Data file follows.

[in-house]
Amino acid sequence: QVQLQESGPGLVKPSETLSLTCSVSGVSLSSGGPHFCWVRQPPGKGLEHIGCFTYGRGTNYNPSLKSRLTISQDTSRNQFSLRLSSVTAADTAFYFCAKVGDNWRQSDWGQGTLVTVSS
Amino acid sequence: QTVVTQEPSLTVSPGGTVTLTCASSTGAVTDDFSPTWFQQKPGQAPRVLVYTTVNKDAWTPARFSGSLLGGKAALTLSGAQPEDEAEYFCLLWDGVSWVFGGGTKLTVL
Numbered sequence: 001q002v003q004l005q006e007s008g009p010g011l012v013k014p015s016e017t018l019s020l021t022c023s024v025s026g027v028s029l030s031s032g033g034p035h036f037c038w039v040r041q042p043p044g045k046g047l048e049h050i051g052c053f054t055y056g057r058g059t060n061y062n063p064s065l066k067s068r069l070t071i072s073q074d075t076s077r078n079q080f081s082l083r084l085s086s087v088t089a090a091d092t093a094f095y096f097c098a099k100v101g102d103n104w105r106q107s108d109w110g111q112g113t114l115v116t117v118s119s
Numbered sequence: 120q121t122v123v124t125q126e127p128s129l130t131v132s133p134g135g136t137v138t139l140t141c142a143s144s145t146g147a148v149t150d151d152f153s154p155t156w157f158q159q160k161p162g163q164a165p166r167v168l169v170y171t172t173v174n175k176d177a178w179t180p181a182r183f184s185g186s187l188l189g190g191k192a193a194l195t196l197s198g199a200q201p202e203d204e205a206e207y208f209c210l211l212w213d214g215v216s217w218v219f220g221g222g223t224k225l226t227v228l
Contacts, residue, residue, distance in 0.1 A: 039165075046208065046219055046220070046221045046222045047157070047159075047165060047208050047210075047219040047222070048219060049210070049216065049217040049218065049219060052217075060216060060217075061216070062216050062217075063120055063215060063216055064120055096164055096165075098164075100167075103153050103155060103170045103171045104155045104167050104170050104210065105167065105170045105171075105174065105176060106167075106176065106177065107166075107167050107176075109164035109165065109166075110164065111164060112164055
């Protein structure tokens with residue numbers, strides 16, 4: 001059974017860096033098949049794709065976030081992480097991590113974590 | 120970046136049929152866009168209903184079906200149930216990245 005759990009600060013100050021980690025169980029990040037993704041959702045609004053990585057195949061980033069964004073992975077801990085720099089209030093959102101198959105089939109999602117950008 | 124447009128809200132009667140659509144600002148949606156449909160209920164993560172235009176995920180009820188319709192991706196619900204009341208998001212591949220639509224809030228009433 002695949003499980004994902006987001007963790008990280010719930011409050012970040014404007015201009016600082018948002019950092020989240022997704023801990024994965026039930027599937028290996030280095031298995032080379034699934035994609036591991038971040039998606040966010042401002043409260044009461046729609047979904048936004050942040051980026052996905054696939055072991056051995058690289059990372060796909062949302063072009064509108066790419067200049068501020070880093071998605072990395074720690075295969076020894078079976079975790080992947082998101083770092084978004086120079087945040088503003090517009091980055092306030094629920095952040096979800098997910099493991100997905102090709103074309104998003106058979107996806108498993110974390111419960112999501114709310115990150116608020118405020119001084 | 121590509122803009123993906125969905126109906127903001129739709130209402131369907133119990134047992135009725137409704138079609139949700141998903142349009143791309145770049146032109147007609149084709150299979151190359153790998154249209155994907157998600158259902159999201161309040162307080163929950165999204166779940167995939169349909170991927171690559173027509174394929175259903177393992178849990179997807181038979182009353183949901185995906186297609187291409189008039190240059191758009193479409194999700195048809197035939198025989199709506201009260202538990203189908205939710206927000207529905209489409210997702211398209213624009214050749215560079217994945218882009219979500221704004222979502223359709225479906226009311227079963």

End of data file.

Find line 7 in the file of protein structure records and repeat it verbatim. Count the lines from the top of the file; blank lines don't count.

């Protein structure tokens with residue numbers, strides 16, 4: 001059974017860096033098949049794709065976030081992480097991590113974590 | 120970046136049929152866009168209903184079906200149930216990245 005759990009600060013100050021980690025169980029990040037993704041959702045609004053990585057195949061980033069964004073992975077801990085720099089209030093959102101198959105089939109999602117950008 | 124447009128809200132009667140659509144600002148949606156449909160209920164993560172235009176995920180009820188319709192991706196619900204009341208998001212591949220639509224809030228009433 002695949003499980004994902006987001007963790008990280010719930011409050012970040014404007015201009016600082018948002019950092020989240022997704023801990024994965026039930027599937028290996030280095031298995032080379034699934035994609036591991038971040039998606040966010042401002043409260044009461046729609047979904048936004050942040051980026052996905054696939055072991056051995058690289059990372060796909062949302063072009064509108066790419067200049068501020070880093071998605072990395074720690075295969076020894078079976079975790080992947082998101083770092084978004086120079087945040088503003090517009091980055092306030094629920095952040096979800098997910099493991100997905102090709103074309104998003106058979107996806108498993110974390111419960112999501114709310115990150116608020118405020119001084 | 121590509122803009123993906125969905126109906127903001129739709130209402131369907133119990134047992135009725137409704138079609139949700141998903142349009143791309145770049146032109147007609149084709150299979151190359153790998154249209155994907157998600158259902159999201161309040162307080163929950165999204166779940167995939169349909170991927171690559173027509174394929175259903177393992178849990179997807181038979182009353183949901185995906186297609187291409189008039190240059191758009193479409194999700195048809197035939198025989199709506201009260202538990203189908205939710206927000207529905209489409210997702211398209213624009214050749215560079217994945218882009219979500221704004222979502223359709225479906226009311227079963």